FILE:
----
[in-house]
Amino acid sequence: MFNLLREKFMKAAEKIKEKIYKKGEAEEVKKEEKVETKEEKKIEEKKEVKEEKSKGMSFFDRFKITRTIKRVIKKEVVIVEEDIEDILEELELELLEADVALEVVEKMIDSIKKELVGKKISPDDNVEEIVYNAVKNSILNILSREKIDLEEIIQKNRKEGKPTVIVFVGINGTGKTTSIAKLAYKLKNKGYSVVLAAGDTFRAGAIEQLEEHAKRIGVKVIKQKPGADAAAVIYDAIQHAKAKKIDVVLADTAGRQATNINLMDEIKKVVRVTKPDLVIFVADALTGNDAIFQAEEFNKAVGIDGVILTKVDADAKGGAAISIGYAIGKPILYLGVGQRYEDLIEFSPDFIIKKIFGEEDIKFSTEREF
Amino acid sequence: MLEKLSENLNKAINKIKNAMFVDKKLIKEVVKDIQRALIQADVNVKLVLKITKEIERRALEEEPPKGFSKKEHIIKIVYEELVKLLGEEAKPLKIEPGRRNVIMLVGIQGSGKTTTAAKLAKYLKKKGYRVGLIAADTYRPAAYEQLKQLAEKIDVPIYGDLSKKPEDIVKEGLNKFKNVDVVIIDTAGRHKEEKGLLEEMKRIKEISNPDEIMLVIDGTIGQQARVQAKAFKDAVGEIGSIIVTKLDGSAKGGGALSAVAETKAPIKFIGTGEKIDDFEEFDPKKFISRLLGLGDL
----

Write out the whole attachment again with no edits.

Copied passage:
[in-house]
Amino acid sequence: MFNLLREKFMKAAEKIKEKIYKKGEAEEVKKEEKVETKEEKKIEEKKEVKEEKSKGMSFFDRFKITRTIKRVIKKEVVIVEEDIEDILEELELELLEADVALEVVEKMIDSIKKELVGKKISPDDNVEEIVYNAVKNSILNILSREKIDLEEIIQKNRKEGKPTVIVFVGINGTGKTTSIAKLAYKLKNKGYSVVLAAGDTFRAGAIEQLEEHAKRIGVKVIKQKPGADAAAVIYDAIQHAKAKKIDVVLADTAGRQATNINLMDEIKKVVRVTKPDLVIFVADALTGNDAIFQAEEFNKAVGIDGVILTKVDADAKGGAAISIGYAIGKPILYLGVGQRYEDLIEFSPDFIIKKIFGEEDIKFSTEREF
Amino acid sequence: MLEKLSENLNKAINKIKNAMFVDKKLIKEVVKDIQRALIQADVNVKLVLKITKEIERRALEEEPPKGFSKKEHIIKIVYEELVKLLGEEAKPLKIEPGRRNVIMLVGIQGSGKTTTAAKLAKYLKKKGYRVGLIAADTYRPAAYEQLKQLAEKIDVPIYGDLSKKPEDIVKEGLNKFKNVDVVIIDTAGRHKEEKGLLEEMKRIKEISNPDEIMLVIDGTIGQQARVQAKAFKDAVGEIGSIIVTKLDGSAKGGGALSAVAETKAPIKFIGTGEKIDDFEEFDPKKFISRLLGLGDL